Doug Bowman, professor of computer science in the College of Engineering at Virginia Tech, has been awarded the Frank J. Maher Professorship in Engineering by the Virginia Tech Board of Visitors.

Virginia Tech alumnus Bruce Vorhauer, who received his bachelor's degree in engineering mechanics in 1964, endowed the professorship in honor of Frank Maher, who received a master's degree in civil engineering in 1937 and was a professor in Virginia Tech's department of engineering mechanics, now called the Department of Engineering Science and Mechanics.

A member of the Virginia Tech faculty since 1999, Bowman is a world leader in research in 3-D interfaces for computers and virtual reality, a visualization technique sometimes referred to as "computer-simulated reality" whose uses in education and training, the arts, science, and urban design are now being explored.

Bowman has more than 120 peer-reviewed publications, the majority of which are in selective journals and conferences. His Google Scholar publication citation count is more than 7,700, verifying the impact of his work on his research field.

He was lead author of the first textbook on 3D user interfaces, "3D User Interfaces: Theory and Practice," published in 2005.

Bowman has received more than $8.5 million in external funding for his research, with a personal share exceeding $3.1 million.

In 2015, Bowman received the Institute of Electrical and Electronics Engineers Visualization and Graphics Technical Committee of the IEEE Computer Society¹s Technical Achievement Award in Virtual Reality, the highest honor in the IEEE virtual reality community. He also was received the ACM Distinguished Scientist award in 2010, the Georgia Tech Graphics, Visualization and Usability Center Impact Award in 2012, and an NSF CAREER Award in 2003.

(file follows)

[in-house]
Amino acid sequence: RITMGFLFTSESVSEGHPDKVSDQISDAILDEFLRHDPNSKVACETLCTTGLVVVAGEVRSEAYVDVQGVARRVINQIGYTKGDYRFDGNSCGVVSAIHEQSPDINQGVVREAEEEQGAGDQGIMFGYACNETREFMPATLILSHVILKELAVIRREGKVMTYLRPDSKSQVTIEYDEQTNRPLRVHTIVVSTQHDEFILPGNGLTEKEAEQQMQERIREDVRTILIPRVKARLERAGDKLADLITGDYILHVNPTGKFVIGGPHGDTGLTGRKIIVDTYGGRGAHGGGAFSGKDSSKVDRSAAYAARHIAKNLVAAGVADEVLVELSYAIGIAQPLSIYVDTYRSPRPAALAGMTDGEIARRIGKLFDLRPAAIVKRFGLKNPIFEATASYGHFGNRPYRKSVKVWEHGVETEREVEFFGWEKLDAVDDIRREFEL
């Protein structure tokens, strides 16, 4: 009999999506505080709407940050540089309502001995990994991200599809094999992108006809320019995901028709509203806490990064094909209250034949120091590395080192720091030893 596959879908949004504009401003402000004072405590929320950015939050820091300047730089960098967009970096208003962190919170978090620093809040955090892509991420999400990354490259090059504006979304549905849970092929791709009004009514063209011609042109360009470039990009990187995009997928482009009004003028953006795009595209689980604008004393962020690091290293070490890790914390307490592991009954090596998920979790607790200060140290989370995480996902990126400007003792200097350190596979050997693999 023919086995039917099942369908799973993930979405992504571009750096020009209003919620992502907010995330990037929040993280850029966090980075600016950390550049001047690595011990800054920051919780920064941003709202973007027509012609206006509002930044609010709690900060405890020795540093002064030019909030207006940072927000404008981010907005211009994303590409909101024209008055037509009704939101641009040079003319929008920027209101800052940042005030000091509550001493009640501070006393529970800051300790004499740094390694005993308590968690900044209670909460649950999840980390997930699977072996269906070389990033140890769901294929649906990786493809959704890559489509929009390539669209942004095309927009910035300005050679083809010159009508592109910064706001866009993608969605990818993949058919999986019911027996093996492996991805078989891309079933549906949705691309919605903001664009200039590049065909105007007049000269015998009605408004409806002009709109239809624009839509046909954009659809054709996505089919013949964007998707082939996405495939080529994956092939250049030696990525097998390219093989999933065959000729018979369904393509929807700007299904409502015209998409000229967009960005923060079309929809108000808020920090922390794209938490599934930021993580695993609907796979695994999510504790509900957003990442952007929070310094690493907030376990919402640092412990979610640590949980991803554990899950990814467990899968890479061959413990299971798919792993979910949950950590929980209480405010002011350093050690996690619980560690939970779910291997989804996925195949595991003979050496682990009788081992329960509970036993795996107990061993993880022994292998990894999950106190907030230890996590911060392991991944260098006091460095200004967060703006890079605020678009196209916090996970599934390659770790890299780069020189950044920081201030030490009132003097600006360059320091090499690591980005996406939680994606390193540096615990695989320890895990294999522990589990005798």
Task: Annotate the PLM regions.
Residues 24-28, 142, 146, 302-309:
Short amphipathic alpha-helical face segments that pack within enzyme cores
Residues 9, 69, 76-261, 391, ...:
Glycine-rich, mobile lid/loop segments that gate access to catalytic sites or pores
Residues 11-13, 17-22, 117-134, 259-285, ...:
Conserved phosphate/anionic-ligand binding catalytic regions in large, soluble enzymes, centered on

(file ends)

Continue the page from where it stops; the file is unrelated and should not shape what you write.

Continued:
In addition, Bowman and his students have multiple best paper awards and have won several international IEEE 3DUI (three dimensional user interface) competitions.

An extraordinary research mentor, Bowman has graduated 14 Ph.D. students, six of whom are now in academe, and two have won departmental best thesis awards, and 10 master's degree students, two of whom received departmental best thesis awards.

He also integrates undergraduate researchers into his projects, a total of 22 research mentees to date.

Bowman has served as director of the Center for Human-Computer Interaction since 2011 and as a Fellow of the Institute for Creativity, Arts and Technology since 2015.

Bowman received his bachelor's degree from Emory University and a master¹s degree and Ph.D. from Georgia Tech.


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